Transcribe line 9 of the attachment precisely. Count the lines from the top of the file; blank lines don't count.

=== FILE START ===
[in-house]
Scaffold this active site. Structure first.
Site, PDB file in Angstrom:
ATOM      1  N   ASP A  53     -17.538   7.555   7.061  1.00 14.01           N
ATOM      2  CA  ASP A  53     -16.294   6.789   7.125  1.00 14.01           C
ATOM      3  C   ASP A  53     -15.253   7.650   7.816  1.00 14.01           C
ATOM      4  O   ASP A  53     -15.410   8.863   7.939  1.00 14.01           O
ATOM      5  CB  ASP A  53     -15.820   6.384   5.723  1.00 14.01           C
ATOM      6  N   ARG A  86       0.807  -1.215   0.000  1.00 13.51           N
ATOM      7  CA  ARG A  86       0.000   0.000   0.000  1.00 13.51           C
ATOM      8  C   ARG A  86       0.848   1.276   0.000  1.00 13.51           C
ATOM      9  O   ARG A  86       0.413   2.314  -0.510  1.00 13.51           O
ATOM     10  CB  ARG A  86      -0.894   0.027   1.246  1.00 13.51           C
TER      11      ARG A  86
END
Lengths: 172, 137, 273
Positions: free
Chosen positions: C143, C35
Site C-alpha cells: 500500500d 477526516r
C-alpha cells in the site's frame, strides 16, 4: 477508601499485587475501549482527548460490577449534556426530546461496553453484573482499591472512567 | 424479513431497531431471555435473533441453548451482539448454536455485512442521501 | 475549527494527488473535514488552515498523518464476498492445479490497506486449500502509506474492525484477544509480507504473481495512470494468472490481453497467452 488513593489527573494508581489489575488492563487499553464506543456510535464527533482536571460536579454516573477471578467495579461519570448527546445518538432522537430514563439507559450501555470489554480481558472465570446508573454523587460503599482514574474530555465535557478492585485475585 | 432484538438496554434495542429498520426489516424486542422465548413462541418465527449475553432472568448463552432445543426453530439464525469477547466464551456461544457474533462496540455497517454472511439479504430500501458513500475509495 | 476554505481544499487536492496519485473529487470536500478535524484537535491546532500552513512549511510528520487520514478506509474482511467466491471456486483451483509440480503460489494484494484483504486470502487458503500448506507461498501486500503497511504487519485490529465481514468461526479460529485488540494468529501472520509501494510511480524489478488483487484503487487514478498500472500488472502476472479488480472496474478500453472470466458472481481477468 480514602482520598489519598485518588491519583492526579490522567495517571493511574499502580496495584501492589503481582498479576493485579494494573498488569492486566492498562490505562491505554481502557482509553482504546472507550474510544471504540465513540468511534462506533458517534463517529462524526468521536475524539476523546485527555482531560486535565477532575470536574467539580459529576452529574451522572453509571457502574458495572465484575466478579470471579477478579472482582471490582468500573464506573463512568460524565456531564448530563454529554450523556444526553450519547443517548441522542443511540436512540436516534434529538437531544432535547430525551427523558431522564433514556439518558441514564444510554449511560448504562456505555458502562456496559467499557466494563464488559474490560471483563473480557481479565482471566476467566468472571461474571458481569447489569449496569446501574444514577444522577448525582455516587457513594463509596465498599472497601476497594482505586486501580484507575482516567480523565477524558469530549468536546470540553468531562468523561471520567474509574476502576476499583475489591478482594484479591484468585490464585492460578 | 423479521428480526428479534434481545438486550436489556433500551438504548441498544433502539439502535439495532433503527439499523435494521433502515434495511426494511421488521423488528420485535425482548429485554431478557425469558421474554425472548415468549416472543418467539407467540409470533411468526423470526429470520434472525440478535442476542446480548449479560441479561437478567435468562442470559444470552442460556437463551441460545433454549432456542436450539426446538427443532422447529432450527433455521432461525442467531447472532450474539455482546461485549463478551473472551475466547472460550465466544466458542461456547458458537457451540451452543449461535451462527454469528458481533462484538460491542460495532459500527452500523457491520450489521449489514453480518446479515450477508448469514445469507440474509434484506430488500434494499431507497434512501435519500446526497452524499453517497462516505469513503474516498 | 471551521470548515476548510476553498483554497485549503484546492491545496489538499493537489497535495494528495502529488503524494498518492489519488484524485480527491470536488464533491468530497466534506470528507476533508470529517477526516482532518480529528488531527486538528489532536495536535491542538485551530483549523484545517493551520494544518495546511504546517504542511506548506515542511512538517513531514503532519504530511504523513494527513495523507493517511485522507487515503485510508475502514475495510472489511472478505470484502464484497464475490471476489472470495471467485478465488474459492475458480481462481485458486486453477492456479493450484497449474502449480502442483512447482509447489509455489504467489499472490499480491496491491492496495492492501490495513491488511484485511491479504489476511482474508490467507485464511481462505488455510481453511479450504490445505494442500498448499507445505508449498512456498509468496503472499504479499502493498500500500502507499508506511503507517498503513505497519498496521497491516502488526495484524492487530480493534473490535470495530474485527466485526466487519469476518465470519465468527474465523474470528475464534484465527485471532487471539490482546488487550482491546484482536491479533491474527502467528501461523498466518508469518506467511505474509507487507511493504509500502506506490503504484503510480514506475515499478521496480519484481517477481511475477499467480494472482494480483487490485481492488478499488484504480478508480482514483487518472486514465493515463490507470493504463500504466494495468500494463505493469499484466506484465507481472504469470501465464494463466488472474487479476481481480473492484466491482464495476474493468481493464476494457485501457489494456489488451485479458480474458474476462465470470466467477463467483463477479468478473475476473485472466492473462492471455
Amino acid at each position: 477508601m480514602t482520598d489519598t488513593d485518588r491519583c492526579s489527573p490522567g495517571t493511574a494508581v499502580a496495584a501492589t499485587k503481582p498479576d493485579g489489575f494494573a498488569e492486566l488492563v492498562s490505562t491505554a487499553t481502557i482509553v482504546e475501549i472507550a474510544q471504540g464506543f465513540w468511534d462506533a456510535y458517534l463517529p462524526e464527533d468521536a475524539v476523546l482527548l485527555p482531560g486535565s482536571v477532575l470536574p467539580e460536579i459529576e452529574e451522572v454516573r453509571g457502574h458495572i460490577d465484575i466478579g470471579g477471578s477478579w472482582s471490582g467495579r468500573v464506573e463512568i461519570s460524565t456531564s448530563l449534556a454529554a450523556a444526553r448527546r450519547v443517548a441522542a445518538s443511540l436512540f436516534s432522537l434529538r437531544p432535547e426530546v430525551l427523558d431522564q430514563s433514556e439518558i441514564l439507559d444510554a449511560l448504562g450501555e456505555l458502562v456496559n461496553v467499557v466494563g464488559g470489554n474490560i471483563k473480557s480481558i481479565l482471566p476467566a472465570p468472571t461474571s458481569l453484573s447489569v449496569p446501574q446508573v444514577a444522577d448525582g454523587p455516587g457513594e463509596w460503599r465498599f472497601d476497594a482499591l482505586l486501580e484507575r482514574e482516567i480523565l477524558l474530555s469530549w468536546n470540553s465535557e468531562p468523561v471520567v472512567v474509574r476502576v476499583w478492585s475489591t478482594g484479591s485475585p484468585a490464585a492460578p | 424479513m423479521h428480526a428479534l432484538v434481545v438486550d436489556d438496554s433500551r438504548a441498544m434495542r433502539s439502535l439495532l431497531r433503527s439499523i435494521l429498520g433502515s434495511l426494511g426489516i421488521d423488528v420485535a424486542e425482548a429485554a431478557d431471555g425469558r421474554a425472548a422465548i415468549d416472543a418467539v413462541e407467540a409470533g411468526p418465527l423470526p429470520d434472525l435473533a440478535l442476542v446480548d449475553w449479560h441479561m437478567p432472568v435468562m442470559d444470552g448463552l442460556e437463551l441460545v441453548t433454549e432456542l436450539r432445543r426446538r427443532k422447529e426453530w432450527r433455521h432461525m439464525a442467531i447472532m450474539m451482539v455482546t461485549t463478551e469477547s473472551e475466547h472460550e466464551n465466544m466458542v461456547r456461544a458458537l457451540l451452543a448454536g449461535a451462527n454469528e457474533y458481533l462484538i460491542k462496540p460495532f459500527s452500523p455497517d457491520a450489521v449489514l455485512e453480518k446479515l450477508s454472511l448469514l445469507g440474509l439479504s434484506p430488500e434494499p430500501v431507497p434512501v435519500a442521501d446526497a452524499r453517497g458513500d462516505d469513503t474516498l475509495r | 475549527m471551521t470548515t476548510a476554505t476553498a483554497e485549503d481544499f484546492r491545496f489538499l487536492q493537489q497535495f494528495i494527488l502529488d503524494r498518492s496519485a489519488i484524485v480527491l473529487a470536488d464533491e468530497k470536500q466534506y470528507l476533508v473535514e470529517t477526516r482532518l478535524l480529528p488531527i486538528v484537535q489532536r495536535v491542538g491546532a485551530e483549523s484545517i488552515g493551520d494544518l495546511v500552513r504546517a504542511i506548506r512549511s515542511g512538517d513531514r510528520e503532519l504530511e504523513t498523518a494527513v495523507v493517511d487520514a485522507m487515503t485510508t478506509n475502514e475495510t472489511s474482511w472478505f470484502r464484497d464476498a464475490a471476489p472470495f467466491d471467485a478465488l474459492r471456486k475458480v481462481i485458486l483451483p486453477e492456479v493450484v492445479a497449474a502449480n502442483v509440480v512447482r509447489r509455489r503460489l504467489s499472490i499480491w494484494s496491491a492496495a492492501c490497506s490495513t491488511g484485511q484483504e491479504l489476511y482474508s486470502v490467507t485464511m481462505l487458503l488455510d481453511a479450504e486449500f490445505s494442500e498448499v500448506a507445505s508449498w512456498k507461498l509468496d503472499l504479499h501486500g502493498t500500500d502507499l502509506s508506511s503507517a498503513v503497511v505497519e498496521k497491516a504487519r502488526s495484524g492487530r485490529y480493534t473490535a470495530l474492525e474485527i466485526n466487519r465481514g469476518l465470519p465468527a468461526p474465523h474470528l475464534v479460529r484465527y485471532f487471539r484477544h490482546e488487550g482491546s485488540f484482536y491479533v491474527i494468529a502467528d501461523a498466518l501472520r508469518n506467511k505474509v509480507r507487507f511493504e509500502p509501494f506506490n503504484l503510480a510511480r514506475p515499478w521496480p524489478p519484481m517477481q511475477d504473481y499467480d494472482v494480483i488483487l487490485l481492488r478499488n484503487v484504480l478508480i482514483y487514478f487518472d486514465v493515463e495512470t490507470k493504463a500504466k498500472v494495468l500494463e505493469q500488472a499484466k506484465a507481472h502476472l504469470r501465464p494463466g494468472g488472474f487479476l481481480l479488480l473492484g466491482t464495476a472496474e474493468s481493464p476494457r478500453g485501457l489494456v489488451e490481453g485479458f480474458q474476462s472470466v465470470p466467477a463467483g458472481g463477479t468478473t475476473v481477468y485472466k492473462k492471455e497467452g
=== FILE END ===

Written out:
ATOM      6  N   ARG A  86       0.807  -1.215   0.000  1.00 13.51           N